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Why PM can't dump NI protocol: James O'Brien blown away by legal expert
28 June 2022, 14:41
James O'Brien had "one of the most remarkable interviews" he'd ever conducted with a law professor, who explained why the Government lacks the legal authority to dump the Northern Ireland protocol post-Brexit.
On Monday MPs voted for measures that would scrap large parts of Britain's post-Brexit deal with the EU, which includes the protocol.
Under its terms Northern Ireland effectively remains part of the European single market, necessitating customs checks on goods travelling to other parts of the UK.
The Government argues dropping the protocol is legally justified under the doctrine of 'necessity', which permits some extra-constitutional actions to maintain stability.
However, appearing on James's LBC show Professor Mark Elliott, Chair of the Faculty of Law at the University of Cambridge, argued that the doctrine of necessity may not be legally applicable for the protocol.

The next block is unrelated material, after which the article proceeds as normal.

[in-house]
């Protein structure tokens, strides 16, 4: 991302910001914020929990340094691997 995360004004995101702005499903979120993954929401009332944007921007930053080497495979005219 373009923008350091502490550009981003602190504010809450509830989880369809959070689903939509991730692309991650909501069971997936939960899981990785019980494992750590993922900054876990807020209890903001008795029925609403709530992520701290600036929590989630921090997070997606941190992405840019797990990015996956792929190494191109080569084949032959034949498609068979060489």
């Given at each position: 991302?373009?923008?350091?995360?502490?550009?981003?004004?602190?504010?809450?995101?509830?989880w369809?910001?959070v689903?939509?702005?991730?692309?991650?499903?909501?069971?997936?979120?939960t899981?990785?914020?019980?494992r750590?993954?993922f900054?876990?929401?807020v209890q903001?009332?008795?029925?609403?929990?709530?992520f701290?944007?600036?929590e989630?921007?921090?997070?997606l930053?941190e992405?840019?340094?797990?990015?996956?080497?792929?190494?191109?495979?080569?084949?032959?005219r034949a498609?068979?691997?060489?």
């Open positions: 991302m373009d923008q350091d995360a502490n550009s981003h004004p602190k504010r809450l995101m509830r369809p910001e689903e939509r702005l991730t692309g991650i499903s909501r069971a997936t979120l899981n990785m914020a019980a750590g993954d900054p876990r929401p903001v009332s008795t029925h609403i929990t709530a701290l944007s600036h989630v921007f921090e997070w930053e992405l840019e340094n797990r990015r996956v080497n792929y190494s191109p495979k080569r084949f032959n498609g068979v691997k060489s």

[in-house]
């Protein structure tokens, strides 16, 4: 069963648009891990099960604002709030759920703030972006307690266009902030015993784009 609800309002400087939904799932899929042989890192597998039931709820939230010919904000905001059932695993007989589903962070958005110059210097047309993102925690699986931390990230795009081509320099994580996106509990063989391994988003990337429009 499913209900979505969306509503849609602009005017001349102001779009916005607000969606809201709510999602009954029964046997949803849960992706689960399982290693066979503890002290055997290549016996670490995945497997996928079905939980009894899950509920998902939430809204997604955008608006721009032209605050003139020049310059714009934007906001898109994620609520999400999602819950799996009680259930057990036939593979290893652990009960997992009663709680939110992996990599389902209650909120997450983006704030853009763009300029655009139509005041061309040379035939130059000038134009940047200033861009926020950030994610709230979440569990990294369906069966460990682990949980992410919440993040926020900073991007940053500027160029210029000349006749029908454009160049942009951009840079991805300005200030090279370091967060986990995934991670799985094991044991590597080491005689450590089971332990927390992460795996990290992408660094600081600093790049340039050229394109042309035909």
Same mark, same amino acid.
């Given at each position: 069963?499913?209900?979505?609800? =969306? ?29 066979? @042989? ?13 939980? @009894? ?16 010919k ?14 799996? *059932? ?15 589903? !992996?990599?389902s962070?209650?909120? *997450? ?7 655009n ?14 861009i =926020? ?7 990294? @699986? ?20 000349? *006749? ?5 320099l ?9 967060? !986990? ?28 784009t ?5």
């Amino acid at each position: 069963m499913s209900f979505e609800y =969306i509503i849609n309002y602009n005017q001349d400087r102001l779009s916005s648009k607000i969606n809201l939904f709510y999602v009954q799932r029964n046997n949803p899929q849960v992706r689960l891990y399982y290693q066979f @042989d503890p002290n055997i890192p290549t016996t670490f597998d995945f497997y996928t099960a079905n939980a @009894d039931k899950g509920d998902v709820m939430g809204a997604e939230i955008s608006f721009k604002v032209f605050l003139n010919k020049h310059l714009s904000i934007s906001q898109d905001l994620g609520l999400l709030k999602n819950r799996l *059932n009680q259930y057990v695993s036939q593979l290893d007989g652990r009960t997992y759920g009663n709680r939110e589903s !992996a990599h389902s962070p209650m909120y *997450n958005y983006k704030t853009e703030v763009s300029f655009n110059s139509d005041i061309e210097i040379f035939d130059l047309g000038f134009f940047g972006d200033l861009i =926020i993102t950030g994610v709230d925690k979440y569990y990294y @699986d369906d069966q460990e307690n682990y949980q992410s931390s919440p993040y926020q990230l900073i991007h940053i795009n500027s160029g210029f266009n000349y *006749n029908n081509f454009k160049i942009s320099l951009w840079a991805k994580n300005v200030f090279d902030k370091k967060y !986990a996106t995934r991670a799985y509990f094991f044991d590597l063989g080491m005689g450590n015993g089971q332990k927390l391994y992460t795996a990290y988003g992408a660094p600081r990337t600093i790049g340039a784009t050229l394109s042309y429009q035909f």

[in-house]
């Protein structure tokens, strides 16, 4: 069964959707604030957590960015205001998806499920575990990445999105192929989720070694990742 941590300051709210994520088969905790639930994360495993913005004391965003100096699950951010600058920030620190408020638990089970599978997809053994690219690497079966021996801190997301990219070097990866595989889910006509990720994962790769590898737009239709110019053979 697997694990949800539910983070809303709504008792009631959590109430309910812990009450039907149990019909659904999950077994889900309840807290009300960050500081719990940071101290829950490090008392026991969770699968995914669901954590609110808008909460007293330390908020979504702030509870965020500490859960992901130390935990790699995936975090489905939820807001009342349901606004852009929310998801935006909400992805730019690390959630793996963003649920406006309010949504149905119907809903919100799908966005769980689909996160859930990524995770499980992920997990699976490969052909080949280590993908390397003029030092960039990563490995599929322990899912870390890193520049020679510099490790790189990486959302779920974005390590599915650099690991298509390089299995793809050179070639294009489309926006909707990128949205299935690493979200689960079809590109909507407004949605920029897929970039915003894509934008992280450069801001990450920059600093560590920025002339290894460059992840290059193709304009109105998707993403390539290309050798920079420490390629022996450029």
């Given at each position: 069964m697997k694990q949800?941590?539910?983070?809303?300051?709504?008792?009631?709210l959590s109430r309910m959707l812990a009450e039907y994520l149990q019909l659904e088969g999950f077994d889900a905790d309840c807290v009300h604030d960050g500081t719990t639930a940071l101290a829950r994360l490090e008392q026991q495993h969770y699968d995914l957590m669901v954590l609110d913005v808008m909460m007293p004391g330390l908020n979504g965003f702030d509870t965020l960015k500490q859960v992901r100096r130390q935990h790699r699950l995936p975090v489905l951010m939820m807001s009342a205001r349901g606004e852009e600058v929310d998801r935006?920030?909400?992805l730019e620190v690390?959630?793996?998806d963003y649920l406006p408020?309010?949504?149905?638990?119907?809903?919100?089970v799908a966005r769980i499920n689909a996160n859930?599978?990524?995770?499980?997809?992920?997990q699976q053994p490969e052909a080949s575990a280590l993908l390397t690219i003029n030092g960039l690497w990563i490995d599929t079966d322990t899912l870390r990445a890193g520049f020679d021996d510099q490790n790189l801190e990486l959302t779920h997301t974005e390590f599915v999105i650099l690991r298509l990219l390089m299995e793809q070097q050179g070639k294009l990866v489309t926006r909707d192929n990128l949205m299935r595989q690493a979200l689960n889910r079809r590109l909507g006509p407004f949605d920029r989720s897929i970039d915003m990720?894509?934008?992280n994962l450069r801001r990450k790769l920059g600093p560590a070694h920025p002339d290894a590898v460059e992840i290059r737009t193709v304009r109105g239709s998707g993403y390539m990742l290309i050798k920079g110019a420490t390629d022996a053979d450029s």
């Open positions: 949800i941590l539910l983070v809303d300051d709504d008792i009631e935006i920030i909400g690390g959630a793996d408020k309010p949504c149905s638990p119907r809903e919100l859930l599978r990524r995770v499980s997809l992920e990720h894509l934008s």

He told James: "I think the key thing is it's very very difficult to see how it can apply.
"The first thing to say is that in order to plead necessity it's got to be necessary, and that means that there haven't got to be other less dramatic things that you could have tried, but you haven't tried.
"The very obvious thing that the UK Government hasn't tried is Article 16. Article 16 of the Northern Ireland protocol says there are circumstances where the UK can take unilateral action; if the UK has reasonable grounds to say the protocol is causing serious problems there was a mechanism built into the protocol to allow them to take steps to resolve that.
"It's very hard to see, if they haven't bothered to do that how it can then be necessary to go for the nuclear option which is legislating to override the protocol."
Professor Elliott also pointed out the UK is responsible for creating the problem, further undermining the doctrine of necessity.
He explained: "The other problem is you haven't got to have contributed to the situation you're now complaining about if you want to evoke the doctrine of necessity and of course the UK agreed to the protocol less than three years ago, and it's now complaining about things the Government foresaw in its own impact assessment."